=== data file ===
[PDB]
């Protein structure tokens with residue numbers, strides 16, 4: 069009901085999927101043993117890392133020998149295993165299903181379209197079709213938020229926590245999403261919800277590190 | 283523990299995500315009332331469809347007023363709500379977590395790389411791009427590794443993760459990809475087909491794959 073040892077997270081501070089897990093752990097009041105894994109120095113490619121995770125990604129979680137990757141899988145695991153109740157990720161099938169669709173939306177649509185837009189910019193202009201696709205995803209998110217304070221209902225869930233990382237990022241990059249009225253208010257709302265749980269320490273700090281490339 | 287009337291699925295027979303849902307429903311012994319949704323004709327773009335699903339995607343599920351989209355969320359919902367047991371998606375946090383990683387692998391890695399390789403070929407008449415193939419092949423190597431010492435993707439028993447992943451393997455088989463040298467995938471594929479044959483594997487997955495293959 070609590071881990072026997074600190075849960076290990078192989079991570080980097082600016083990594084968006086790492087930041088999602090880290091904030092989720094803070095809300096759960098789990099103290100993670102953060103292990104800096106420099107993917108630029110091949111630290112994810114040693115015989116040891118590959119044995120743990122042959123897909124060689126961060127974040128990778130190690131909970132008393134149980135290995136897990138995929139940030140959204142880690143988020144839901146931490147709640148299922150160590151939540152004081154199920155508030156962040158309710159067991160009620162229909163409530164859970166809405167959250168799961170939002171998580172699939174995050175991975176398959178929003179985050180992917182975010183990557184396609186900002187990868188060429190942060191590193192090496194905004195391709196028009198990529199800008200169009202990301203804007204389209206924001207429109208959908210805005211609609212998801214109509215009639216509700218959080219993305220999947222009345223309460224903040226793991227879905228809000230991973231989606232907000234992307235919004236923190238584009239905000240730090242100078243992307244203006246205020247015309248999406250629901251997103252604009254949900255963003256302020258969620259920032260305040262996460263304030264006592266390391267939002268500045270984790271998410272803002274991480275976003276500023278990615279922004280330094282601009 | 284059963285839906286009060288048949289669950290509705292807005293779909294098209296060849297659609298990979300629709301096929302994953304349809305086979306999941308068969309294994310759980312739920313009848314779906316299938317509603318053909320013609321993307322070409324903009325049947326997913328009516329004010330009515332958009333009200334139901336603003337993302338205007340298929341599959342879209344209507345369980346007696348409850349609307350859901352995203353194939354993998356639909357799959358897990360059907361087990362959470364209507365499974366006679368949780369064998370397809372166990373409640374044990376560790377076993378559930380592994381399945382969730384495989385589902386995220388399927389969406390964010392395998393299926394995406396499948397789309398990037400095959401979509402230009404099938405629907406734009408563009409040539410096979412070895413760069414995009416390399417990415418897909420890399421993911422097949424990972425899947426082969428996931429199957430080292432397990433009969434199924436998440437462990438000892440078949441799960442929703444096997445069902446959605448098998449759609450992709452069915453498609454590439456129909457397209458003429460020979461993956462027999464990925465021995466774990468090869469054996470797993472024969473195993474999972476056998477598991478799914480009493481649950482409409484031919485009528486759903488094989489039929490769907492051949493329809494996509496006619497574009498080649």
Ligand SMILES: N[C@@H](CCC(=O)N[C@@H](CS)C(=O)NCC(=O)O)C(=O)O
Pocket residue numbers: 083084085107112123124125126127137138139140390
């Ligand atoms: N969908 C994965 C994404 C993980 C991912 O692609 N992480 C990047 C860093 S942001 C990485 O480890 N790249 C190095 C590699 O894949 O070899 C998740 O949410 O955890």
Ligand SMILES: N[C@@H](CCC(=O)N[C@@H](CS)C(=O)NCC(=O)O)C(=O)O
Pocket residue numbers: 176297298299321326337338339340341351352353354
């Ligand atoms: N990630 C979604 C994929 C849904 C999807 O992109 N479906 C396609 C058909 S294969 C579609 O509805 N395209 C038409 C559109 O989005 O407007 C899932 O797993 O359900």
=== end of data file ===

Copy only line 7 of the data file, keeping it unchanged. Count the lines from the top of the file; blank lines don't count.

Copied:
Pocket residue numbers: 176297298299321326337338339340341351352353354